So, is 'Bite Your Face Off,' the song you've been doing in concert, going to be the first single?

Yes! It really smacks of 1965 Rolling Stones. We kind of tipped our hat to the Stones, in a lot of different ways. Maybe there’s a little bit of the Who in there, too.  It really feels like a British Invasion song.

You throw a bit of The Who into the ending for sure.

Oh, absolutely! Yeah, we figured if one Pete Townsend doing windmills is good, let’s tip our hat to him and do five guys doing windmills.

A lot of people have posted clips of you performing the song on YouTube. Does that bother you?

No no no, in fact, I wouldn’t have done the song if I didn’t want them to see it. The amazing thing was, the very first night that we did it – I never do songs that the audience haven’t heard yet, I just thought that’s crazy to do that. But I decided that for this song I would do that. Of course, this jacket I’m wearing (on stage) says ‘New Song’ on it, and the shirt says ‘I’ll Bite Your Face Off.’ By the second chorus, everybody’s singing it, so... it’s a great sing-a-long.

Is it good to be working with Bob Ezrin again?

Bob brings out the worst in me, and I bring out the worst in him. When we started writing, we could not stop writing, we ended up with 17 songs.  He’s worked with everybody, from Pink Floyd to Kiss to Aerosmith, everybody you can think of – but he started with me, and we always end up writing the best stuff when we get together. We turn on each other’s juices when it comes to writing a story. He’s also really good about keeping to the story, which I really like.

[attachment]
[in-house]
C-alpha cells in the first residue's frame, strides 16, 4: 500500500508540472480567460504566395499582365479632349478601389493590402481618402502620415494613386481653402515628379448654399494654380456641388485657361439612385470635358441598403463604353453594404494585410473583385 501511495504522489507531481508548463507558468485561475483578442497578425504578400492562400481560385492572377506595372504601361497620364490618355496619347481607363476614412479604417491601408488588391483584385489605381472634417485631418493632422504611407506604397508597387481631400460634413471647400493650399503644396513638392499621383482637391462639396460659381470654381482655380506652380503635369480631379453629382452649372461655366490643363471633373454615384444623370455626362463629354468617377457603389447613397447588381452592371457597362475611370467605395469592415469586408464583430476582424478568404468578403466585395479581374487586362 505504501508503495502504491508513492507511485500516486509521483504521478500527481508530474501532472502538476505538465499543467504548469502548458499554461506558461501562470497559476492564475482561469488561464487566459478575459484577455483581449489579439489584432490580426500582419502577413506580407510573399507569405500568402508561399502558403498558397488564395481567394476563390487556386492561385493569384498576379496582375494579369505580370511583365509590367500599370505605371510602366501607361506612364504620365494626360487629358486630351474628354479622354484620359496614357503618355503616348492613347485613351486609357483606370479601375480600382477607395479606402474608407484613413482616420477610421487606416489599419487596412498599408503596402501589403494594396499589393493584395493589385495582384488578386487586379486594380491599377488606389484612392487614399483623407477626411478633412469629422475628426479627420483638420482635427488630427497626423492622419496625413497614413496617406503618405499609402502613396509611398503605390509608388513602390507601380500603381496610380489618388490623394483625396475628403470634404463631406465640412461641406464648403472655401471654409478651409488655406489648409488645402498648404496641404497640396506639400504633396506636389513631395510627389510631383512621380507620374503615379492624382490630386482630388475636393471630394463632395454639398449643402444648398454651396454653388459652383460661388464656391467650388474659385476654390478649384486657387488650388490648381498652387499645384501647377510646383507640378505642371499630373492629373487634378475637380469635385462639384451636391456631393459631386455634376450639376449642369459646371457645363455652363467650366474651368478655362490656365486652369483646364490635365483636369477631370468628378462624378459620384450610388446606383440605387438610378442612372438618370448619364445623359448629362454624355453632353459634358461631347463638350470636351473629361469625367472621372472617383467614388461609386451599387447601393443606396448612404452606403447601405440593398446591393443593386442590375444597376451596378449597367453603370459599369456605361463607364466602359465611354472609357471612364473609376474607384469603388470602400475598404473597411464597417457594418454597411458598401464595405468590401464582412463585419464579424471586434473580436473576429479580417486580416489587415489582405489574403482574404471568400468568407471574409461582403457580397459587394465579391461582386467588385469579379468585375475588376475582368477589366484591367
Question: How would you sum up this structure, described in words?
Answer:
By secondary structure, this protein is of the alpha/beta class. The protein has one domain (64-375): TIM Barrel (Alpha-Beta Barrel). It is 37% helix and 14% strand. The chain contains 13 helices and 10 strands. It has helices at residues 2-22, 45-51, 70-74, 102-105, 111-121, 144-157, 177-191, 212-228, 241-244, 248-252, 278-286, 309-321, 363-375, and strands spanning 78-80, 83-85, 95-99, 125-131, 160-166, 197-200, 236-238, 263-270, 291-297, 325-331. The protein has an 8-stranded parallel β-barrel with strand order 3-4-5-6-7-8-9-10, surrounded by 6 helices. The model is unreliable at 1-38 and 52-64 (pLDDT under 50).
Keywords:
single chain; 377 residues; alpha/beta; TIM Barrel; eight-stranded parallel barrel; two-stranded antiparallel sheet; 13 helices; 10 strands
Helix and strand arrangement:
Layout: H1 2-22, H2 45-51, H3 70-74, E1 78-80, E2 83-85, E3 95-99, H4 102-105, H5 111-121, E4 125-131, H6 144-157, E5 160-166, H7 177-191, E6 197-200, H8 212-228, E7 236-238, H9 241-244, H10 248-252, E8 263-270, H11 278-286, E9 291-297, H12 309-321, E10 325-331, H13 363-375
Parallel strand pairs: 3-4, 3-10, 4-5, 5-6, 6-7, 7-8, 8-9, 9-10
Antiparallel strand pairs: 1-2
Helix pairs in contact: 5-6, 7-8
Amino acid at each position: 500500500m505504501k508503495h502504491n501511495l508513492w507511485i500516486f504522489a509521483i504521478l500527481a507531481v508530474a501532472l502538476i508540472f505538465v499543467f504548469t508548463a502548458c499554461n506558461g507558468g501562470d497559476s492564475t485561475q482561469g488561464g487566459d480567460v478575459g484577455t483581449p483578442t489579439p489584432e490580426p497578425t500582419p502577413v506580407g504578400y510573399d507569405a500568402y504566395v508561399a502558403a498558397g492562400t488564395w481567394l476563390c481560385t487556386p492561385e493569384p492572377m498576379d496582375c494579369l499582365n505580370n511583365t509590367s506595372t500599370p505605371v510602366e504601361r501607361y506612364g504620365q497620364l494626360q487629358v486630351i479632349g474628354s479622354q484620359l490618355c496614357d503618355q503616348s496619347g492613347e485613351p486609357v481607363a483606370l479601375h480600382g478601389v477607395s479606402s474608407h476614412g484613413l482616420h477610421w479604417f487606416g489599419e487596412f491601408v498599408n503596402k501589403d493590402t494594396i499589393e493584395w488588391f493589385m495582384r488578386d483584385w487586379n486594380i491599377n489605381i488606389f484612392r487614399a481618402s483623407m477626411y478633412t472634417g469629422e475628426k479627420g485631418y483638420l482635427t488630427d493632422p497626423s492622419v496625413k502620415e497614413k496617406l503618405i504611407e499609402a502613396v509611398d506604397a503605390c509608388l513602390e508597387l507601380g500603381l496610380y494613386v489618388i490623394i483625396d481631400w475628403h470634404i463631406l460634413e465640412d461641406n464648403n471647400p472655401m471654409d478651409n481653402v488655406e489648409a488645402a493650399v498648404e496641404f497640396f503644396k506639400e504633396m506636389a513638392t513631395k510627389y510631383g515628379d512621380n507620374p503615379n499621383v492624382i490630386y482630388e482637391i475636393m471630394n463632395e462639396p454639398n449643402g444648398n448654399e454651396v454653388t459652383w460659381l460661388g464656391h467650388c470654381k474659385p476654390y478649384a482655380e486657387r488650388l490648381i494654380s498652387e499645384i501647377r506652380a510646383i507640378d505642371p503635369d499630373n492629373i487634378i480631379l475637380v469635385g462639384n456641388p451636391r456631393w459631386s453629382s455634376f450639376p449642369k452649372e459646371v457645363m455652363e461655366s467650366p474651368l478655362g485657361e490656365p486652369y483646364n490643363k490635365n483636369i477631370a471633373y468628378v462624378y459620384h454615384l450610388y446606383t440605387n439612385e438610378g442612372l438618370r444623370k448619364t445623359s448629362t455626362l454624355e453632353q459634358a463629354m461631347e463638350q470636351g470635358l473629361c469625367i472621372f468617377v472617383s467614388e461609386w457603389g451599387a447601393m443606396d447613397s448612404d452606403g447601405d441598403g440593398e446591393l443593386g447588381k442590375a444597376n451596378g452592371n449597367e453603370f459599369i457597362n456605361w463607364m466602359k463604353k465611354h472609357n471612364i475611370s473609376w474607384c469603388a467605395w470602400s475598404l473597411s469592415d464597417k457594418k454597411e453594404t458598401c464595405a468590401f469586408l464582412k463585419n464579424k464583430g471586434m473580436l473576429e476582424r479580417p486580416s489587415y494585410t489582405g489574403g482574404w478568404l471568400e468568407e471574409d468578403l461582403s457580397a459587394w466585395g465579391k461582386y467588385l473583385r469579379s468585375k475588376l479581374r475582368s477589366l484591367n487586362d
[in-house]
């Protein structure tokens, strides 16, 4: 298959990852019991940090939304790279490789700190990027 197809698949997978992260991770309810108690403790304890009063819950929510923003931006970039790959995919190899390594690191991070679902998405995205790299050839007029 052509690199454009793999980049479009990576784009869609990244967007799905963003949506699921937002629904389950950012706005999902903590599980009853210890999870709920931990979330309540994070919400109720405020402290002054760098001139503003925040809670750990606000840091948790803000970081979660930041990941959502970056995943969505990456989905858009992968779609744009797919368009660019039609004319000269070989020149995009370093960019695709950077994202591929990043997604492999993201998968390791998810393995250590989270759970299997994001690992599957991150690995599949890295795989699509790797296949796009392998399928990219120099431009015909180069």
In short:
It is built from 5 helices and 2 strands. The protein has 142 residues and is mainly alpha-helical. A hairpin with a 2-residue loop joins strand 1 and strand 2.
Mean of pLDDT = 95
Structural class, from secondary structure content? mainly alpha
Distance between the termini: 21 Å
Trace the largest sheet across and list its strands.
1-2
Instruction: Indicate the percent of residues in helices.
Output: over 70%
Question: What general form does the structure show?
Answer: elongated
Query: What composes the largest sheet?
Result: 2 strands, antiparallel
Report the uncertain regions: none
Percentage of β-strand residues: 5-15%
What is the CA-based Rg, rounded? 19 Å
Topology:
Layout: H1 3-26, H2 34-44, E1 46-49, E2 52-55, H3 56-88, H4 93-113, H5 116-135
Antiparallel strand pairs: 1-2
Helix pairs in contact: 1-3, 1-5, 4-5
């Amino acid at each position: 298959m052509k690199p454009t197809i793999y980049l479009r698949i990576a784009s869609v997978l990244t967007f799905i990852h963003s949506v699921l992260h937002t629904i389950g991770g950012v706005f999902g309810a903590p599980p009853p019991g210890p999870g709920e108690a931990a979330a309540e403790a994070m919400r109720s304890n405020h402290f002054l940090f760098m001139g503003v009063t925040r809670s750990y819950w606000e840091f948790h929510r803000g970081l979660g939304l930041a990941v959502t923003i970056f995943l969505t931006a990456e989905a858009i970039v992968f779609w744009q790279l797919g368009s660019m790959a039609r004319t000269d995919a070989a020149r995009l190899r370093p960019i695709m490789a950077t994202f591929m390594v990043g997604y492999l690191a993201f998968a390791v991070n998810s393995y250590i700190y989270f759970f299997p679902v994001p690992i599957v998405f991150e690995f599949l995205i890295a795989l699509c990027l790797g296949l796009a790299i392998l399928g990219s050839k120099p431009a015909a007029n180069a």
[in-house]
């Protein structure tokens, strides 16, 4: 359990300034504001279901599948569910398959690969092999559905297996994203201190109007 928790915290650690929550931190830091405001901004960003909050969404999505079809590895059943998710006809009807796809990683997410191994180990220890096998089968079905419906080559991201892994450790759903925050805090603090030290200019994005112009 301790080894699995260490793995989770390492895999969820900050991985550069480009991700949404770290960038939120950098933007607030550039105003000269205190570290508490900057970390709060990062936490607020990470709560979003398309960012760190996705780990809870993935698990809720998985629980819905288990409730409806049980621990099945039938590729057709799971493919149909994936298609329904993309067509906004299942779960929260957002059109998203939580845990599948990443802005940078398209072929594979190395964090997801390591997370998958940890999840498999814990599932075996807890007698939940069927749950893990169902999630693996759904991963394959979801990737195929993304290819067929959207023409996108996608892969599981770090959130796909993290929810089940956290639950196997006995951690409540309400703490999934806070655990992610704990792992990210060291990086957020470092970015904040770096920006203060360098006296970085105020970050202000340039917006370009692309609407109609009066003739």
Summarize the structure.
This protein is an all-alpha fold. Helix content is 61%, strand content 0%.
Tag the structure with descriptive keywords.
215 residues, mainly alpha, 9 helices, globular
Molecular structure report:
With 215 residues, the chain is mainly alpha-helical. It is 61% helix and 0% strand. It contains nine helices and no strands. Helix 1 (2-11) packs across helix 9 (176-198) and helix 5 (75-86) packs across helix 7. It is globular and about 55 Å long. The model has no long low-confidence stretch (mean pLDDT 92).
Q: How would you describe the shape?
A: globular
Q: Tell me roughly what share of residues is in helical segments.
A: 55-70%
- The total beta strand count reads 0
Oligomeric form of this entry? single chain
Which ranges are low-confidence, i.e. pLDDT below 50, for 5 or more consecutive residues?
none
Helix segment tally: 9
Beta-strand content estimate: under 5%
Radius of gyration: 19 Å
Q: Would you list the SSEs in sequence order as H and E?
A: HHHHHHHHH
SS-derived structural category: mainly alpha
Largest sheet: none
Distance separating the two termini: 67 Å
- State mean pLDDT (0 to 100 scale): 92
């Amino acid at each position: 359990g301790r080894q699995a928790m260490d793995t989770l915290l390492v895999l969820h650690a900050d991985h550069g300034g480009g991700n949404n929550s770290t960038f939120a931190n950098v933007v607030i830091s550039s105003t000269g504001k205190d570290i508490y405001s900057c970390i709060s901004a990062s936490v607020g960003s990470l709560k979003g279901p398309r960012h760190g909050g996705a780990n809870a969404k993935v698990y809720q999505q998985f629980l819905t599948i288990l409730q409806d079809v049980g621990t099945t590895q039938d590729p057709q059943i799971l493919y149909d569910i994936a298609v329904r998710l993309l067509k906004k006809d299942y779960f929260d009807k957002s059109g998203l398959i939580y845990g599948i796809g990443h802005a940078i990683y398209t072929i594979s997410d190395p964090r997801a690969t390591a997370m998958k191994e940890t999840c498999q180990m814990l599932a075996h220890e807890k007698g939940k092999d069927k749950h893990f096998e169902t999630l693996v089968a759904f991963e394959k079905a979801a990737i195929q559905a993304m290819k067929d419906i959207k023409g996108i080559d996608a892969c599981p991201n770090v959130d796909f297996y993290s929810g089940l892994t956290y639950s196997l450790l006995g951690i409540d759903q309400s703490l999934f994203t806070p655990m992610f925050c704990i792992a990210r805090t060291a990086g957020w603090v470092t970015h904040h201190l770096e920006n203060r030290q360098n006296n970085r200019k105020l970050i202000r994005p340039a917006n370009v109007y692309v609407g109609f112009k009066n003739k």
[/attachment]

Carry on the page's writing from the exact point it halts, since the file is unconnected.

He helps you focus?

Not only that, but, I’ll write a riff or a song, and I’ll say ‘OK, that’s really good,’ and he’ll come in and say ‘yeah, but.. if it did this,’ and I’ll see a whole new door open up.  So we really do play off each other really, really well.

That 'Old School' box set you have on your website is pretty cool looking too, how did that happen?

The box set is great, because I know that my fans are collectors. So, I assigned two or three people to go back and find, you know, rehearsal tapes from 1964, and you know, tapes from clubs that we played when we were in high school, outtakes of songs that we finished, and went, ‘nah, that doesn’t fit' (for a certain record.) I forgot about these songs, these people went back and found all of this stuff. They put it in this package called ‘Old School,’ we made 4500 of them, and they were sold out before they even went on sale. We didn’t even have a chance to advertise it.  It comes in a big fat desk, and there’s a yearbook in there.

It’s nice to have physical things in a digital age, right?

Here’s the strange thing, in the technology-based world that we have going on right now. In the last year, from the next generation that’s coming up, the vinyl business went up 89% last year. It was because younger kids are going ‘I’m tired of buying air. I want something for my money, I want a piece of plastic with a picture of the band, and the lyrics, and who played on it.’ And I totally understand that. It’s sort of like a revolt against technology.